• Knife or multi-tool with a knife (in its own holster on the belt)
• A knife is an invaluable multi-purpose tool in a survival situation; cutting paracord, tool for building a shelter, securing and cutting up food sources, starting fires, close proximity defense, etc.
• If the knife has a 1095 carbon steel blade and heat treated correctly, this can also double as a good fire starter tool used with flint; eliminating the need to carry a separate piece of steel. Most other knives, or other metal objects, work fine with a magnesium fire starter stick. If the spine of the knife is rounded, it may not throw a spark but using the edge of the blade could cause quick dulling or chipping of the blade.
• Micro first aid kit
• Cotton swabs
• Scissors: as long as they are sharp, a small folding pair should suffice
• Bandages: can be premade/ simple, or gauze pads and tape, or bits of sterilized cotton cloth, etc.; consider space and possible needs
• Ointment: I make my own ointment which, in my opinion from more than 15 years of using it, works a lot better than store bought stuff
• Iodine tables and chlorine tablets for water purification: When I was young, my dad always had these tablets for water purification in our camping gear. One tablet was for purifying everything in any highly questionable water source while the other was for seemingly safe water or to help improve the taste of the water from the first pill. Before going out camping, my dad filled two cups with water and added a different tablet to each of them. After the tablets fully dissolved, he took a sip of each and had me do the same. The look on his face gave away what I would soon find out, one tasted much worse than the other one. He said the experience was to prepare us for later, in case we needed to use them, we knew we could. I’m thankful for those not-so-pleasant teaching moments. To not be sheltered from every storm, but to give me strength in knowing I could survive the storms to come. Because I had survived before, fear had less power.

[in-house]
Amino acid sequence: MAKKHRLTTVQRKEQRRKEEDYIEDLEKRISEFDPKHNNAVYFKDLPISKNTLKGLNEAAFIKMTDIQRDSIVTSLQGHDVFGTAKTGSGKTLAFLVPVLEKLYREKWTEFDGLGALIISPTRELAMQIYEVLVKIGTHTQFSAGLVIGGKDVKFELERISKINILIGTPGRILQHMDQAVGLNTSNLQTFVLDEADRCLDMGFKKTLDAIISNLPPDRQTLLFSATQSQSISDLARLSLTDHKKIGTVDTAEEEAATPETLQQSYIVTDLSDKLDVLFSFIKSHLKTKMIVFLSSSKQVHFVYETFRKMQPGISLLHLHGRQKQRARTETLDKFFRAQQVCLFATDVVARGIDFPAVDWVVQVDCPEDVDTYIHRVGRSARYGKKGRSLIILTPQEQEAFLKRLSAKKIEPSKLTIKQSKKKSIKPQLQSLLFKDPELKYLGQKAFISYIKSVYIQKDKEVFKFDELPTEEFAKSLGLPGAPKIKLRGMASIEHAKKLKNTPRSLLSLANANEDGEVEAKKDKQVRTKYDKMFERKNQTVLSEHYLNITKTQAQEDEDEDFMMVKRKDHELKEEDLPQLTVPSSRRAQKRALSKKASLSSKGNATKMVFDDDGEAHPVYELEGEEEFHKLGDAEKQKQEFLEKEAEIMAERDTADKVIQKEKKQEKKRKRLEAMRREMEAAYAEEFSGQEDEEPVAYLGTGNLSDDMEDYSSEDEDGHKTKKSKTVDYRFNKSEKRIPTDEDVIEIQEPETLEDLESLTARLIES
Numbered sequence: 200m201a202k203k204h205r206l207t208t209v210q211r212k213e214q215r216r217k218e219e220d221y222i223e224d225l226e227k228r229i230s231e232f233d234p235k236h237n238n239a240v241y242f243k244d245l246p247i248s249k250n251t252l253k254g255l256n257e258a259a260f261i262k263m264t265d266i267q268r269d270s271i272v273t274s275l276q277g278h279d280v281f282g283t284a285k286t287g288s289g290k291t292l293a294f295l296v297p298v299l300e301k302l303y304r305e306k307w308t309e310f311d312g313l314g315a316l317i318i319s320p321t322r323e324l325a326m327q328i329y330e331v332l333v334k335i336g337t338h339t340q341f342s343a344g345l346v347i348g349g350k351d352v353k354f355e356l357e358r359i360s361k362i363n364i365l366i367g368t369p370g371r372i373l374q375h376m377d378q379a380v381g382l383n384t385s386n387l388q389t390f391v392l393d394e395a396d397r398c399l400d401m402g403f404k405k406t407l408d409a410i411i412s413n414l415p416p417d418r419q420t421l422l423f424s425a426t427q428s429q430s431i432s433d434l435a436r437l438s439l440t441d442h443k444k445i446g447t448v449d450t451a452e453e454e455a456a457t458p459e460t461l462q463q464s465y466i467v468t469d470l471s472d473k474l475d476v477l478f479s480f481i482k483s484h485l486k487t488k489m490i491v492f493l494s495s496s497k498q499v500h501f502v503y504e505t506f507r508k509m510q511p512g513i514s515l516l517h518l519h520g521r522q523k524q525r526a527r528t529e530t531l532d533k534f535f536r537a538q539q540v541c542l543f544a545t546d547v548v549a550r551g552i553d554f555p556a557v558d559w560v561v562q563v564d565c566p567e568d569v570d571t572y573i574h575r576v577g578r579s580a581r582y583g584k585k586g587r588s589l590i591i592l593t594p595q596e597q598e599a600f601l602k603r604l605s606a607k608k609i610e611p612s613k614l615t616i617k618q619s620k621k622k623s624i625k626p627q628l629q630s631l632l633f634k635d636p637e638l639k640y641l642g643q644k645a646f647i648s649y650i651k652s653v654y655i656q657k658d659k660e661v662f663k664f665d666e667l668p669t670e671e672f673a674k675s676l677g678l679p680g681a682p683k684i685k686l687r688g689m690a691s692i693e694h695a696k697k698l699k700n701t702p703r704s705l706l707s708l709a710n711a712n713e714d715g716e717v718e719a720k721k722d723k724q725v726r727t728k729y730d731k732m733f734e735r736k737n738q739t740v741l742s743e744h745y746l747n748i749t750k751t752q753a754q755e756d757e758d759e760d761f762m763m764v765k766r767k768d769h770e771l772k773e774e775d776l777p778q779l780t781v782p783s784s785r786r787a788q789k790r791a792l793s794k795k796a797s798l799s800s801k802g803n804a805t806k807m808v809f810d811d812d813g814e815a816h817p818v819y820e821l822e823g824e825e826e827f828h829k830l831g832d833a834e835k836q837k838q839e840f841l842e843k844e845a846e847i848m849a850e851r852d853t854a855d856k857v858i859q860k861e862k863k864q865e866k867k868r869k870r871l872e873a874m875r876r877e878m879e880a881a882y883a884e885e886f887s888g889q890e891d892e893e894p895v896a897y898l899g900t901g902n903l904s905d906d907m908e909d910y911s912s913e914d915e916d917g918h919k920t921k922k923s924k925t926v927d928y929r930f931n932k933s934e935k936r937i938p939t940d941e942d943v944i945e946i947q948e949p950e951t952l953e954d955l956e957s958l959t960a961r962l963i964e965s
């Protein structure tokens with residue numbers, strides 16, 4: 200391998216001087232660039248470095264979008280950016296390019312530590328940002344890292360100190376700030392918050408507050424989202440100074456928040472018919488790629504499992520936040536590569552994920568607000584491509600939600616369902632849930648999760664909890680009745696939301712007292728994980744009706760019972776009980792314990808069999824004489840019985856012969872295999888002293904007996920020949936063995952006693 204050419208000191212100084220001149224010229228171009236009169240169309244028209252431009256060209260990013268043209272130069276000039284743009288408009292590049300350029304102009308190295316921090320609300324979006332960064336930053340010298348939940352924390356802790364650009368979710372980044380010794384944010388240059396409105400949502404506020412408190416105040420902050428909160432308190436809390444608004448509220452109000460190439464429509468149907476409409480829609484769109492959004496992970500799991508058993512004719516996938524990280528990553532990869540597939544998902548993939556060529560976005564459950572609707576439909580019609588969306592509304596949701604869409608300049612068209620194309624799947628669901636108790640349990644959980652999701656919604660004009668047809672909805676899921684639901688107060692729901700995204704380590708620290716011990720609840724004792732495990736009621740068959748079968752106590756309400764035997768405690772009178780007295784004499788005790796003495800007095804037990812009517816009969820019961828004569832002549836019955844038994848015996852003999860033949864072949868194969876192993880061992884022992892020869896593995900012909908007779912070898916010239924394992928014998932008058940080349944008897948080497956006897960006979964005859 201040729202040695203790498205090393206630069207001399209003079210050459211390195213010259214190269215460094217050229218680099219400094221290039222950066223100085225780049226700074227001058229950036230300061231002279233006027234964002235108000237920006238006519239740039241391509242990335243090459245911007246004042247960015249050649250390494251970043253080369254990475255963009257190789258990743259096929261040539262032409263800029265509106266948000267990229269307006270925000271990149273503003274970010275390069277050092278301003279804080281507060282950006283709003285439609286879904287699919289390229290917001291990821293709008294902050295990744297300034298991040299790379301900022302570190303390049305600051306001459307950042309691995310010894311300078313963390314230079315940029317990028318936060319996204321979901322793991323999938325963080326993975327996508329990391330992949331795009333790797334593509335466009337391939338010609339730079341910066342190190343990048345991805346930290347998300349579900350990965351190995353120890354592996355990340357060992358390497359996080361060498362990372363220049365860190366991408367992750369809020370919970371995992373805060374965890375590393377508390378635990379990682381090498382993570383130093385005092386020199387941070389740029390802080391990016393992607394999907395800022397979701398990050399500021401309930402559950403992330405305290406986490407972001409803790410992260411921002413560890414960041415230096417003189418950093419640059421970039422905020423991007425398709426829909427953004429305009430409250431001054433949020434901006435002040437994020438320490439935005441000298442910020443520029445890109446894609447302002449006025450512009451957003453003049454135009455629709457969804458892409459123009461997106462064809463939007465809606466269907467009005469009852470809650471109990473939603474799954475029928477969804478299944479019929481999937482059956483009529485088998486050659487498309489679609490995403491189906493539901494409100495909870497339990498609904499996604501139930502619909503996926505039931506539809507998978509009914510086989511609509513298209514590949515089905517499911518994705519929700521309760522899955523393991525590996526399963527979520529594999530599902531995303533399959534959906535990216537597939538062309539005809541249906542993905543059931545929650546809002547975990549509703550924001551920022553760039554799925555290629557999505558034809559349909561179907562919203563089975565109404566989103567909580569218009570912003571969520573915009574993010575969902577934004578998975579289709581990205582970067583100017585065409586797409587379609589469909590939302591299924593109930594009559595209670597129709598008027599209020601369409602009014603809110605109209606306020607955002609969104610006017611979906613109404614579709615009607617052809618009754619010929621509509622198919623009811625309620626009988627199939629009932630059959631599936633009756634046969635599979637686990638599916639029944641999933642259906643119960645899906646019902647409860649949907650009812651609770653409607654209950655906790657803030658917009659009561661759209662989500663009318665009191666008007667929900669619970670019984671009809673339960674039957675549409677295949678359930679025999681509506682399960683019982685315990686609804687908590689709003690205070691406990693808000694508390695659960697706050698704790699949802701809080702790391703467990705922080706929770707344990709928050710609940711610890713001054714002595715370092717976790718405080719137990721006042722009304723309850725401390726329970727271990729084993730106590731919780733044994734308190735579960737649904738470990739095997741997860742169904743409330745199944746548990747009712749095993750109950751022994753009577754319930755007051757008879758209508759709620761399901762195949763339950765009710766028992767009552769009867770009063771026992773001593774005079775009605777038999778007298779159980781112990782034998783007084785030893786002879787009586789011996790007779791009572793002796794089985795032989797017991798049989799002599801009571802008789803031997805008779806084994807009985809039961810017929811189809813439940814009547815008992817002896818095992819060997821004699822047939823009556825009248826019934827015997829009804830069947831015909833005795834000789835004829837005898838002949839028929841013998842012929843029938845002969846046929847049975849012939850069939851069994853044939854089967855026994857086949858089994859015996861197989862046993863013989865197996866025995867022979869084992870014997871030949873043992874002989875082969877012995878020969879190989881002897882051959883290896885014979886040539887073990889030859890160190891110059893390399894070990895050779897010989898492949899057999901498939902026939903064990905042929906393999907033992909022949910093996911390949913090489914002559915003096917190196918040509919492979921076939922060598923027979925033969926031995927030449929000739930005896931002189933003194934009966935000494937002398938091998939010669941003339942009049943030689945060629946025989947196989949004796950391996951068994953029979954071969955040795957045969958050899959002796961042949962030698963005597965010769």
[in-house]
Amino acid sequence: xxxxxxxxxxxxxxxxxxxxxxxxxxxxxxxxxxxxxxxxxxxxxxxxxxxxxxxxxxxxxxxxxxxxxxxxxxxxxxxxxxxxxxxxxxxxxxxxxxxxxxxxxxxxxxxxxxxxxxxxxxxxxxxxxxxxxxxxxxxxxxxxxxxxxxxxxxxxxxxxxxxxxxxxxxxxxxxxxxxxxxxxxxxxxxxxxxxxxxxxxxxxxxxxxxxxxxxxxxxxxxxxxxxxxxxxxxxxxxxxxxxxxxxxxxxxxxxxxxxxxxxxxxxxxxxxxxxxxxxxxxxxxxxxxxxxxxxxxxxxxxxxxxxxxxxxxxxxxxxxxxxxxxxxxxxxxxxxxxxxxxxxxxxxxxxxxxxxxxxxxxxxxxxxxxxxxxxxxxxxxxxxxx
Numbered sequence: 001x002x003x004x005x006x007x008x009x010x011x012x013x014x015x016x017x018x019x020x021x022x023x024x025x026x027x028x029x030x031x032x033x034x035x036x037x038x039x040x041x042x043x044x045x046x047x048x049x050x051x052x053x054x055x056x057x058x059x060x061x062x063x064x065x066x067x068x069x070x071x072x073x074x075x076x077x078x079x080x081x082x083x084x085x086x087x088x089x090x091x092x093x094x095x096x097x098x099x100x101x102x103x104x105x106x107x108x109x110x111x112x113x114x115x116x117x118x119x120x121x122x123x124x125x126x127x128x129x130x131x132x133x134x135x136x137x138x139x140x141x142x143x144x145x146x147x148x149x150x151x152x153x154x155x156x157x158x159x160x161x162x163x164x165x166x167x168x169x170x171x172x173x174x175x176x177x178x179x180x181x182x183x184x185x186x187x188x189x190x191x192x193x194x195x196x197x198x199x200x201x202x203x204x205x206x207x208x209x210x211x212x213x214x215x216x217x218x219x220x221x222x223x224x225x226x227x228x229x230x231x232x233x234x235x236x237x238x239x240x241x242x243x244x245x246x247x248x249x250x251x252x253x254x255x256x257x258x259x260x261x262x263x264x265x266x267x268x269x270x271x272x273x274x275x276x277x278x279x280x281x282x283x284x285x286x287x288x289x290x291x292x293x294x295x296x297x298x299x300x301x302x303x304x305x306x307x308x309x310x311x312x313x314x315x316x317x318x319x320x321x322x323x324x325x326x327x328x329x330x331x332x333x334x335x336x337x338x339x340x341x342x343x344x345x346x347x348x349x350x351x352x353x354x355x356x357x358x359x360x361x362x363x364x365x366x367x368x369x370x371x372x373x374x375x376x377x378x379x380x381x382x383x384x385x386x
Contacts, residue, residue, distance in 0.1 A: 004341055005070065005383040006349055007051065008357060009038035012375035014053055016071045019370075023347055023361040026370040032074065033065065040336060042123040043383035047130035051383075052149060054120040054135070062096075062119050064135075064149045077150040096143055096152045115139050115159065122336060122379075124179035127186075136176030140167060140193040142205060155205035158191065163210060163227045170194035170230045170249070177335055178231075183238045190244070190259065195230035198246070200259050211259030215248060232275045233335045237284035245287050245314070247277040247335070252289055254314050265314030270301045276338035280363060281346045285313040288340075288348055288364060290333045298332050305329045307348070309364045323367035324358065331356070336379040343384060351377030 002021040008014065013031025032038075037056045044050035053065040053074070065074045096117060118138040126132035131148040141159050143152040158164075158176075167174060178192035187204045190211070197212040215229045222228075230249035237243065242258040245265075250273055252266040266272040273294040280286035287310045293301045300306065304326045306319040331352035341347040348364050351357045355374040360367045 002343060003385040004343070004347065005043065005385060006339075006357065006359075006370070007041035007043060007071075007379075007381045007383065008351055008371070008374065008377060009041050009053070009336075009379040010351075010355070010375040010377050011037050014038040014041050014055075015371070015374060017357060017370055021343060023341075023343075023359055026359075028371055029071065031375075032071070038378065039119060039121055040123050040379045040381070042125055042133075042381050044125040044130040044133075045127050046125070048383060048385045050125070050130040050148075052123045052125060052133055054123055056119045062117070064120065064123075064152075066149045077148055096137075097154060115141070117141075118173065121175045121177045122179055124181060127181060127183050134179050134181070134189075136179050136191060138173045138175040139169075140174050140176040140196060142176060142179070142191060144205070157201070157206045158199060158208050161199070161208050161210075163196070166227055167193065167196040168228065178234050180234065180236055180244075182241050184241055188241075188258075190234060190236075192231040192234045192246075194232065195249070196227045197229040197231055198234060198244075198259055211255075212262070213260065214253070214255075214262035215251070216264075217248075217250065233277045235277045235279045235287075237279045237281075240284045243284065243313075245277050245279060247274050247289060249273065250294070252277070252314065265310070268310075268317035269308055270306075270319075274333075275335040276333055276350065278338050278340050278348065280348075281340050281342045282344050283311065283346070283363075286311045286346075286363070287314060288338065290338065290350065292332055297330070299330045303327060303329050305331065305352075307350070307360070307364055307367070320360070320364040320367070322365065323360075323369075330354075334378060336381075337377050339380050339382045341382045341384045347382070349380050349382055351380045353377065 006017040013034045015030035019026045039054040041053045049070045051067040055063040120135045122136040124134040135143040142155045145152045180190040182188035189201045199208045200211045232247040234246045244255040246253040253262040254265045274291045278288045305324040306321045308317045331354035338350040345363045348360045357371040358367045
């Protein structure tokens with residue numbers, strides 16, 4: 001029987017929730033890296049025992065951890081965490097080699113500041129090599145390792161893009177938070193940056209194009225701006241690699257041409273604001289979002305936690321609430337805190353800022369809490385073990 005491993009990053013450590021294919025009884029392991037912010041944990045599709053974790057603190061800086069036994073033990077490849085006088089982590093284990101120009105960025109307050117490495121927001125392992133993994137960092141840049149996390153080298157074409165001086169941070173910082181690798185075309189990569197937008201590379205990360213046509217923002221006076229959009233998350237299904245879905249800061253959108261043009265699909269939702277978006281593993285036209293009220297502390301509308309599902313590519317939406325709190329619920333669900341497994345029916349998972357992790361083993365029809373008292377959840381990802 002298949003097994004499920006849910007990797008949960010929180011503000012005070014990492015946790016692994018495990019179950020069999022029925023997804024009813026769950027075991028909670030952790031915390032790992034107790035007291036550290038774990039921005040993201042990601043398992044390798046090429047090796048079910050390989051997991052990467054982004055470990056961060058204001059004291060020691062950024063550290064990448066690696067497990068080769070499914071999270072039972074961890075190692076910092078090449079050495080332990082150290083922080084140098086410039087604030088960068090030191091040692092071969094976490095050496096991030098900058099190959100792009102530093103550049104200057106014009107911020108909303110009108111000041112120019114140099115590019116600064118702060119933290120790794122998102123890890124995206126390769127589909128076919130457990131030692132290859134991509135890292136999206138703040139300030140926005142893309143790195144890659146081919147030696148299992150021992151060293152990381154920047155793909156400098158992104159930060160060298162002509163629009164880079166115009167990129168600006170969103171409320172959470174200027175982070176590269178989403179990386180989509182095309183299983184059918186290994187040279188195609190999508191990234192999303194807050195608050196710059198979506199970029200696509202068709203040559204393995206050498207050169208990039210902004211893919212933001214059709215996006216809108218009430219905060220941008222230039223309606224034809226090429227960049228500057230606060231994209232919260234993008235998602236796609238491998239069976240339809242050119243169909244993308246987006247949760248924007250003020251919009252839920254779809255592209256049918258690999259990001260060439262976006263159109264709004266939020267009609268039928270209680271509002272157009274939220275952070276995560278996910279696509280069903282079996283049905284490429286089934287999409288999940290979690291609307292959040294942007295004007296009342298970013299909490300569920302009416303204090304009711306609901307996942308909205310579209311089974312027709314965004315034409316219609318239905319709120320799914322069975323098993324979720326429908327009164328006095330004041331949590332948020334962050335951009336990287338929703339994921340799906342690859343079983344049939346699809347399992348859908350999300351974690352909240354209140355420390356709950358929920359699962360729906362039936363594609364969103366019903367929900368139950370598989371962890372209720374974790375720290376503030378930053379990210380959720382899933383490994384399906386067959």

• Tweezers: mainly for splinters but can be used for other things, as well
• Latex gloves: can be used for more than just protecting hands from bodily fluids, it can also be used to hold water or be tied around an arm or leg to keep applied pressure to a heavily bleeding wound, etc.
• Gauze: not really necessary since leaves can be used but nice to have if space allows
• Alcohol wipes: cleaning wounds
• Plastic trash bag
• This is not for trash. A plastic trash bag takes up very little space but is instrumental at sourcing water when no ground water is easily available.
• One activity I had my children do when they were young was getting water from the forest when no ground water was around. Now-a-days, there are many videos and online resources for how to achieve this; unlike way back then.
• Waterproof mini flashlight: replace the batteries every year or have a mini solar powered or hand crank flashlight
• Safety pins: you never know when this small item could be helpful
• Emergency blanket: for warmth and rain protection
• Small candle wrapped in foil
• The candle and foil can be used separately or together. The foil should be multiple layers thick. When burning the candle for heat and/ or light, wrapping the foil under and around the candle can direct the heat and light. It will also capture the melting wax to help it last longer.